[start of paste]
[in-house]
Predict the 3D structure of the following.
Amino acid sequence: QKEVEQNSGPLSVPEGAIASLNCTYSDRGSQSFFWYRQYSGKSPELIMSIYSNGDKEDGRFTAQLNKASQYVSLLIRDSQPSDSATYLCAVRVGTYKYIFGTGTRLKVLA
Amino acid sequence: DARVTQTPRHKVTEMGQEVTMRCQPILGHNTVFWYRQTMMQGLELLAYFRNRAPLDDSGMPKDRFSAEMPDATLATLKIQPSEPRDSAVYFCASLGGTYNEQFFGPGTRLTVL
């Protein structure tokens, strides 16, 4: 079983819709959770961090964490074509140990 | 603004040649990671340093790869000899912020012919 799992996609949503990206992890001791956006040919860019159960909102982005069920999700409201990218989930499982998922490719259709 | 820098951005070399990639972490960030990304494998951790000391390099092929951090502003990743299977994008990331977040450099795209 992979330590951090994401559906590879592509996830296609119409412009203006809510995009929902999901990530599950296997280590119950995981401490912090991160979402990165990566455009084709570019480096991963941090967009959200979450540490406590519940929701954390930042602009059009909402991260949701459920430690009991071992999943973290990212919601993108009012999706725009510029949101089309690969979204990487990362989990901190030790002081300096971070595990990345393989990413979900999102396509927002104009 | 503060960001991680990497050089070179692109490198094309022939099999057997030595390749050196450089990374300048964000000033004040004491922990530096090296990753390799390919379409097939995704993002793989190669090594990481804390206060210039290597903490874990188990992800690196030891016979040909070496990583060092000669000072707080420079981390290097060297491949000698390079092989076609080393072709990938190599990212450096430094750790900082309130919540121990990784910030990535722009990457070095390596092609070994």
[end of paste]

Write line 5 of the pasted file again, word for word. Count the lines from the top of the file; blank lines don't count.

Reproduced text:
């Protein structure tokens, strides 16, 4: 079983819709959770961090964490074509140990 | 603004040649990671340093790869000899912020012919 799992996609949503990206992890001791956006040919860019159960909102982005069920999700409201990218989930499982998922490719259709 | 820098951005070399990639972490960030990304494998951790000391390099092929951090502003990743299977994008990331977040450099795209 992979330590951090994401559906590879592509996830296609119409412009203006809510995009929902999901990530599950296997280590119950995981401490912090991160979402990165990566455009084709570019480096991963941090967009959200979450540490406590519940929701954390930042602009059009909402991260949701459920430690009991071992999943973290990212919601993108009012999706725009510029949101089309690969979204990487990362989990901190030790002081300096971070595990990345393989990413979900999102396509927002104009 | 503060960001991680990497050089070179692109490198094309022939099999057997030595390749050196450089990374300048964000000033004040004491922990530096090296990753390799390919379409097939995704993002793989190669090594990481804390206060210039290597903490874990188990992800690196030891016979040909070496990583060092000669000072707080420079981390290097060297491949000698390079092989076609080393072709990938190599990212450096430094750790900082309130919540121990990784910030990535722009990457070095390596092609070994």